Contents of Wills—annuities
Contents of Wills—annuities

The following Wills & Probate guidance note provides comprehensive and up to date legal information covering:

  • Contents of Wills—annuities
  • Classification of annuities by Will
  • Methods of providing for annuities by Will
  • Commencement
  • Duration
  • Payable out of income or capital
  • Arrears
  • Interest on arrears
  • Statutory order for payment of debts

An annuity is a sum of money payable periodically, out of personal estate. Savery v Dyer (1752) Amb 139 (not reported by LexisNexis®). It is personalty Parsons v Parsons. An annuity is a legacy and a bequest of such a capital sum as may be necessary to produce the amount of the annuity.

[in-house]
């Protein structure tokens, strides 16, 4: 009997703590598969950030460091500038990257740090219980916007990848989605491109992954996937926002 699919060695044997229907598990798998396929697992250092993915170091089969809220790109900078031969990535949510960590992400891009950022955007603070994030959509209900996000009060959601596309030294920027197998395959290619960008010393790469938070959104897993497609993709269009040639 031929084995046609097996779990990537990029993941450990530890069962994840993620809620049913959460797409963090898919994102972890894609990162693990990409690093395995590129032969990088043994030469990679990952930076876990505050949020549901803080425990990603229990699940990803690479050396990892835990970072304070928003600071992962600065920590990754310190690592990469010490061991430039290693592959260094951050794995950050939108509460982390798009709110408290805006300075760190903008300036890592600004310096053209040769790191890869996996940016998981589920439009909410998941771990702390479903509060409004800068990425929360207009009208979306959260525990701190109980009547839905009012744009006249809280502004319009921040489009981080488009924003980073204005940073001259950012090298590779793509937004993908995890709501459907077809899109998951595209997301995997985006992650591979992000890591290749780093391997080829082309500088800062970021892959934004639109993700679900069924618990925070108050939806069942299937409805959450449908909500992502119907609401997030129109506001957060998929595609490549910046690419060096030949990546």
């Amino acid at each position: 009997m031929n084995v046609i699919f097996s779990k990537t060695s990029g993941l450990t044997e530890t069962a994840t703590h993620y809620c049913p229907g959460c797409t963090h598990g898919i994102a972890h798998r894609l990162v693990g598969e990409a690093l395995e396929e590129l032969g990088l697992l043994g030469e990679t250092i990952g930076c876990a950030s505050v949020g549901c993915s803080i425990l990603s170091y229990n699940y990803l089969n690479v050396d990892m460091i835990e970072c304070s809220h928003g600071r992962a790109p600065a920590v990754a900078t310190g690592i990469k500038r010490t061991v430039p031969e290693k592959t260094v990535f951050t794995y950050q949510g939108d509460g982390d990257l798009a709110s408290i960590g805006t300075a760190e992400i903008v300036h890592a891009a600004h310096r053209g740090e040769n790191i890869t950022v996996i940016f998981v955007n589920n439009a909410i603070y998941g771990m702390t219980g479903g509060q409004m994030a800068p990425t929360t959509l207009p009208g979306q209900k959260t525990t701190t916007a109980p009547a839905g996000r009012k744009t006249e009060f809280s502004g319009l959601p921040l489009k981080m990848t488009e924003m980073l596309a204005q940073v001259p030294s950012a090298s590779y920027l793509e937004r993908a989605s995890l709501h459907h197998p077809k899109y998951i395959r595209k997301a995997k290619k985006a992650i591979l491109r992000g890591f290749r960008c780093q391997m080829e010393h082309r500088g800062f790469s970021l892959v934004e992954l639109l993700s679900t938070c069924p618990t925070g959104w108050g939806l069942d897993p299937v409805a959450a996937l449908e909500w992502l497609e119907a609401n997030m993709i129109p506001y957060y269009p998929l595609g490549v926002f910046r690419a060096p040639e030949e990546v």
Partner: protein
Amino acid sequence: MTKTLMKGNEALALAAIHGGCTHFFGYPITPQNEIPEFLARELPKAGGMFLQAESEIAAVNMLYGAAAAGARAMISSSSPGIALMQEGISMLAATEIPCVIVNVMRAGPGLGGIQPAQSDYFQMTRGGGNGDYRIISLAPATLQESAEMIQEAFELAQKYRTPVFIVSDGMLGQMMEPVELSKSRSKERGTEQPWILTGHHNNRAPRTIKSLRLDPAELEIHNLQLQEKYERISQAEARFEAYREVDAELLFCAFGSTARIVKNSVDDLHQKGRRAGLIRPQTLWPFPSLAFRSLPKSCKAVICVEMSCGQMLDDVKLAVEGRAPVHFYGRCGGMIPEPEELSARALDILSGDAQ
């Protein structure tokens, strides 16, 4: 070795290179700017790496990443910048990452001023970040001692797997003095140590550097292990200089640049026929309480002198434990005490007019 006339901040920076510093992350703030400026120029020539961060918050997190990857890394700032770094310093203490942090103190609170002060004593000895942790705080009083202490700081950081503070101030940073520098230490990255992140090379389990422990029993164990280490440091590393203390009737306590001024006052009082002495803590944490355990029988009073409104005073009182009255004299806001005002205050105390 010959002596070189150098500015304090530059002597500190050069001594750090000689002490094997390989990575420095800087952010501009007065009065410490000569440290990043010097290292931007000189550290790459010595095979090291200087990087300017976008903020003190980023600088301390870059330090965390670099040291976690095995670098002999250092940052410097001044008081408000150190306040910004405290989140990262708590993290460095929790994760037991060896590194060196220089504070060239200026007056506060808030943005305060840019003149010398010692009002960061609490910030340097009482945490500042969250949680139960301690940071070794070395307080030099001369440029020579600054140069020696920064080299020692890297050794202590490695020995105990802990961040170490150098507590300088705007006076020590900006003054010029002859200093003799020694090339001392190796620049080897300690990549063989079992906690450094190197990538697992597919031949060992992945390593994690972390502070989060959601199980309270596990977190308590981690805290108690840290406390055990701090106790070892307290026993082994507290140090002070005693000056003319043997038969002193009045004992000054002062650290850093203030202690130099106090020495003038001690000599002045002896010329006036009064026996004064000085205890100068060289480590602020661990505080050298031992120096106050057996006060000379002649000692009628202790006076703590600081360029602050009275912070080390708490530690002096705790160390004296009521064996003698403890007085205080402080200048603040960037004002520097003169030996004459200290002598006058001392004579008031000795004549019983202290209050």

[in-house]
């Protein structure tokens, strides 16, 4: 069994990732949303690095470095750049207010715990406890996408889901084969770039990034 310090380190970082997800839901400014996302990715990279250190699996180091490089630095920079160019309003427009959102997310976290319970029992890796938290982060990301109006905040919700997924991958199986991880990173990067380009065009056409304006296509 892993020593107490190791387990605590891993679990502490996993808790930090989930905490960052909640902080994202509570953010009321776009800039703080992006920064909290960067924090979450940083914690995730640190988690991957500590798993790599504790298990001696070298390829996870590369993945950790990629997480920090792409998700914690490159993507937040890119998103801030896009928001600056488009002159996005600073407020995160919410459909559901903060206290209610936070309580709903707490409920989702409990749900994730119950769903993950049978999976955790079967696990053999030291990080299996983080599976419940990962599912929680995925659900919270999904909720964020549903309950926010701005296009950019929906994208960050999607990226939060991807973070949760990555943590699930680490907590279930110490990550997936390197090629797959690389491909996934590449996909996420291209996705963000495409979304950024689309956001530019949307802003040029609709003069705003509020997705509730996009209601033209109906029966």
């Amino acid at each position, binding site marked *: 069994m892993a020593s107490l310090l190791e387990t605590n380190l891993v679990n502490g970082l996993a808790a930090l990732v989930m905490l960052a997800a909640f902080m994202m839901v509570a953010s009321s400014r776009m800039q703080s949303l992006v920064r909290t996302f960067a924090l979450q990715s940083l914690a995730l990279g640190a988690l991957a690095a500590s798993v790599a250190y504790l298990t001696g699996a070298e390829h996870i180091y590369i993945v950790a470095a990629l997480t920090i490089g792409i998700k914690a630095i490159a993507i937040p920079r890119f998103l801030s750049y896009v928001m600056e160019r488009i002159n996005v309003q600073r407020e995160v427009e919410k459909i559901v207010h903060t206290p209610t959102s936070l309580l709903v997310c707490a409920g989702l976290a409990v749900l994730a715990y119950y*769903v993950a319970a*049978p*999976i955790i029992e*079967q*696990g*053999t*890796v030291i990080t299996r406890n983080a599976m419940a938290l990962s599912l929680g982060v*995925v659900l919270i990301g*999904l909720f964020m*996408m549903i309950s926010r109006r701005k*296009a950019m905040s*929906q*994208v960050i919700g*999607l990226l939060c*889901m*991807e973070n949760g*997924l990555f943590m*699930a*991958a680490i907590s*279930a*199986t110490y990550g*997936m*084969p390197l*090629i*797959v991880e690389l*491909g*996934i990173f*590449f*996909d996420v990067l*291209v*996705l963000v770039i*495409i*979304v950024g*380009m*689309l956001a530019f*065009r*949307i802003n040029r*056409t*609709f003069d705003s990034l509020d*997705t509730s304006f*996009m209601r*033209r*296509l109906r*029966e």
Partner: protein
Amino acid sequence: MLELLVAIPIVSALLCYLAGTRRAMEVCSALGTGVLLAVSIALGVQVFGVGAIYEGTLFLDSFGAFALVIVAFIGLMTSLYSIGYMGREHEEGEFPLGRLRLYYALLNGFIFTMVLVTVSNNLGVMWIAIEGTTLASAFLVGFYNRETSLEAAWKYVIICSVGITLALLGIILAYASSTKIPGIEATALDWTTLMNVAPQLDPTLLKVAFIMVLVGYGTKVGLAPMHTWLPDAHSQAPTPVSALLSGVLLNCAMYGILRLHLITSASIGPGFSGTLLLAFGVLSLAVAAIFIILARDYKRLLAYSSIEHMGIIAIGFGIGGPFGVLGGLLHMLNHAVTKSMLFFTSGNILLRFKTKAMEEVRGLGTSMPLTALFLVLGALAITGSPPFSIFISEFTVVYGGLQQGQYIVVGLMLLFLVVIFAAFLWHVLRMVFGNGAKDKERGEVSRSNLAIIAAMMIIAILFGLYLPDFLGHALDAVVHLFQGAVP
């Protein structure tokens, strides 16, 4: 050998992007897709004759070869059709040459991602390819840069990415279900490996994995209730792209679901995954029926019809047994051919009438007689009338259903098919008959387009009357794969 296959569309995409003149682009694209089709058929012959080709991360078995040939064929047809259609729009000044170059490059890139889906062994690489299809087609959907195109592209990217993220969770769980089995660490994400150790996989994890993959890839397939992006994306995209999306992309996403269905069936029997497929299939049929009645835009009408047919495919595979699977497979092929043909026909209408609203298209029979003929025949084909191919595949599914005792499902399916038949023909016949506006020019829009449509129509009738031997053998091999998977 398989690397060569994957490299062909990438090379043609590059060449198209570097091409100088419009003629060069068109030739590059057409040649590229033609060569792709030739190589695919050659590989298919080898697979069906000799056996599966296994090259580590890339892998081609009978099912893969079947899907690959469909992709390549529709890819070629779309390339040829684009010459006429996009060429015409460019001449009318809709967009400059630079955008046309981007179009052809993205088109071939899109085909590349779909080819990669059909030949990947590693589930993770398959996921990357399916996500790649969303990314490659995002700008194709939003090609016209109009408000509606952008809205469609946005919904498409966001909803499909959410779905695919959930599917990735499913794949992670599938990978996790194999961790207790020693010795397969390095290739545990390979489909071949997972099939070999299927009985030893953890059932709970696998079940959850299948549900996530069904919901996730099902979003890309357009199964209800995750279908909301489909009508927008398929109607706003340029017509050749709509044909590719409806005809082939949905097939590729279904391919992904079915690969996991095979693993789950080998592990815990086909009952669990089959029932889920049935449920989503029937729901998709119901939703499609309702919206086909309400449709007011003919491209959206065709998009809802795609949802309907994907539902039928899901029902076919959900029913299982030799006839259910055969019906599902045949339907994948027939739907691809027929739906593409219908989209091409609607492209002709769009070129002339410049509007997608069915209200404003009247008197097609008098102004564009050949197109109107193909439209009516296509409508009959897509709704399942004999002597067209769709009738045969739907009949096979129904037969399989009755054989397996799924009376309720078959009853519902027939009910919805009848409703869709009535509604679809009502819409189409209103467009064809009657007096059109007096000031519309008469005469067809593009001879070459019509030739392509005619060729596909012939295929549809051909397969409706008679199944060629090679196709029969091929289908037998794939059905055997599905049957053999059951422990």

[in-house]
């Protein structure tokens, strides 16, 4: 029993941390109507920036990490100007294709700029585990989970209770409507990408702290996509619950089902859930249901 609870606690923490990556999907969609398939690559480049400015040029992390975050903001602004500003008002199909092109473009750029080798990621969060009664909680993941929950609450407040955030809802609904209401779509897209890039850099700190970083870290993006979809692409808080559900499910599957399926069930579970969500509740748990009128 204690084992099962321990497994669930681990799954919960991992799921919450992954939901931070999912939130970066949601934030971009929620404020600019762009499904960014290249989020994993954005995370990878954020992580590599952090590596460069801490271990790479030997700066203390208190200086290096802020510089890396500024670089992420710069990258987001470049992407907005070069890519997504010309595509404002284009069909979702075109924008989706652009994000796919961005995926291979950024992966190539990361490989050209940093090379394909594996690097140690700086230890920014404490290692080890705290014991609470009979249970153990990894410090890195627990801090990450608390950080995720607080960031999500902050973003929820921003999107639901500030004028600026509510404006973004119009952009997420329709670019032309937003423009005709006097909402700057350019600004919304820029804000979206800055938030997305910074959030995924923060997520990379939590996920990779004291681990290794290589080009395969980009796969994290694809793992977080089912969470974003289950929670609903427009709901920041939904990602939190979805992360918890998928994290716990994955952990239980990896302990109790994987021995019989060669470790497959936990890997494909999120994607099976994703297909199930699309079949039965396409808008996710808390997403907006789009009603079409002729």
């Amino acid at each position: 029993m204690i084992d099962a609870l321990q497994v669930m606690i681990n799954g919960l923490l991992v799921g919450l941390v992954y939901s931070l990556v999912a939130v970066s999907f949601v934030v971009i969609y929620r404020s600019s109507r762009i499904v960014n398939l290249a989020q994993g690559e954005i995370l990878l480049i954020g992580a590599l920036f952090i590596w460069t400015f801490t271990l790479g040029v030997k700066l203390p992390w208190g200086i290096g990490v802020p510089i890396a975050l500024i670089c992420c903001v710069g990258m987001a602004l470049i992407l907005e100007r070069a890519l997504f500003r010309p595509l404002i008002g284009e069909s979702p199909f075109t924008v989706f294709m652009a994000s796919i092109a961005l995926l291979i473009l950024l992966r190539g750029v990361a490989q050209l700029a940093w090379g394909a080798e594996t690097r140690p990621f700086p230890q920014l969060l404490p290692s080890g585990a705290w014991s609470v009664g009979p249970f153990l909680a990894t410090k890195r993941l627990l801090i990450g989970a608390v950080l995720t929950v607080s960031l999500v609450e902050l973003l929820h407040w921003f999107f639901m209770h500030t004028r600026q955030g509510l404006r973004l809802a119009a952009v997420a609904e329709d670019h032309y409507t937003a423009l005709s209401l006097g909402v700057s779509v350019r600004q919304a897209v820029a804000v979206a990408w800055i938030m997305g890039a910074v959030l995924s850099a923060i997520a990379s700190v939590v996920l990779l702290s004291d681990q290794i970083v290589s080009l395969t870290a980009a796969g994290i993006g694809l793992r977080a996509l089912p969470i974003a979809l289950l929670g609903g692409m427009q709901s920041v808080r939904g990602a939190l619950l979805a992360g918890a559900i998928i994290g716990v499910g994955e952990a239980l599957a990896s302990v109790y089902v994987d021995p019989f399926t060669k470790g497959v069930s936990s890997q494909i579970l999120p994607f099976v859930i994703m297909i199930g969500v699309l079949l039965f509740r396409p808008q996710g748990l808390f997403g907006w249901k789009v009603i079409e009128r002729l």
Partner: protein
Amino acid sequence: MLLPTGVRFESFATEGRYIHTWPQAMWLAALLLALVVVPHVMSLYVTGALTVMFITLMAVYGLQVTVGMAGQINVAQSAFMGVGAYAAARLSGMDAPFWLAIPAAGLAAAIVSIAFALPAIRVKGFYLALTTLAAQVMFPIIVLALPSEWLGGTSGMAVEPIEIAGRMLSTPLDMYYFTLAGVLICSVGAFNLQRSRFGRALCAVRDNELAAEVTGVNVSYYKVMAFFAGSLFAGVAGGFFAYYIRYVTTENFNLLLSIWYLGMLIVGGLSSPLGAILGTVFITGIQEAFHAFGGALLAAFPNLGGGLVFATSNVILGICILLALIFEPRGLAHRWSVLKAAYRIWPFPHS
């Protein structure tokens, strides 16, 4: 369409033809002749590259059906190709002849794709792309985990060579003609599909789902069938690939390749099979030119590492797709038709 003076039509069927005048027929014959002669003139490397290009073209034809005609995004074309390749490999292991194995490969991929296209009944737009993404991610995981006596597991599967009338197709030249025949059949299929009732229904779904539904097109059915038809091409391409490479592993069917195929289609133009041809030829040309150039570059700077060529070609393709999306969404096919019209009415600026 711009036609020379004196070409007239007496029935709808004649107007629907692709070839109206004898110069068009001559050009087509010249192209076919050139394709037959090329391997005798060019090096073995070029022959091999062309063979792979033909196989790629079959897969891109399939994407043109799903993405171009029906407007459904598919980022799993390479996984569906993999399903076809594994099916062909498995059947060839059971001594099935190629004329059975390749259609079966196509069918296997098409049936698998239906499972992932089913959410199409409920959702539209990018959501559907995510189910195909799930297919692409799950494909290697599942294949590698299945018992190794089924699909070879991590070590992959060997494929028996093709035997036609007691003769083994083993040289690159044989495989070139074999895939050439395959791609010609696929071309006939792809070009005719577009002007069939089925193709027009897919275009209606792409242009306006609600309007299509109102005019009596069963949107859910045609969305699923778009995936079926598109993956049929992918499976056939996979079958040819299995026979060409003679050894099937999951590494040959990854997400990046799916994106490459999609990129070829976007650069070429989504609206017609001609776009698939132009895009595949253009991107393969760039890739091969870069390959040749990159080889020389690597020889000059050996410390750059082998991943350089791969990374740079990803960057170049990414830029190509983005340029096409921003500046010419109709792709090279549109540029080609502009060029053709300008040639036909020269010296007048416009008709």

Annuities are sometimes useful if a drip-feed approach is required. They are essentially, legacies payable by instalments for the lifetime of a beneficiary.

The Will should provide if:

  1. the executors have the power to purchase the annuity from the estate's capital assets

  2. the executors set aside a sum from income to fund the purchase of the annuity

  3. the executors set aside a sum from both capital and income to fund the purchase of the annuity

  4. the annuity is purchased during the executors' lifetimes, if they have the funds to do so, the deferred annuity being vested in trustees on death

Depending on the method chosen, there will be differing tax considerations, both capital and income.

Annuities may be created:

  1. inter vivos by deed

  2. by Will

  3. by or under statutory powers

Classification of annuities by Will

An annuity given by Will is a legacy of money payable by instalments, each of which is a separate legacy or a series of legacies payable at intervals.

An annuity given by Will may be classified as: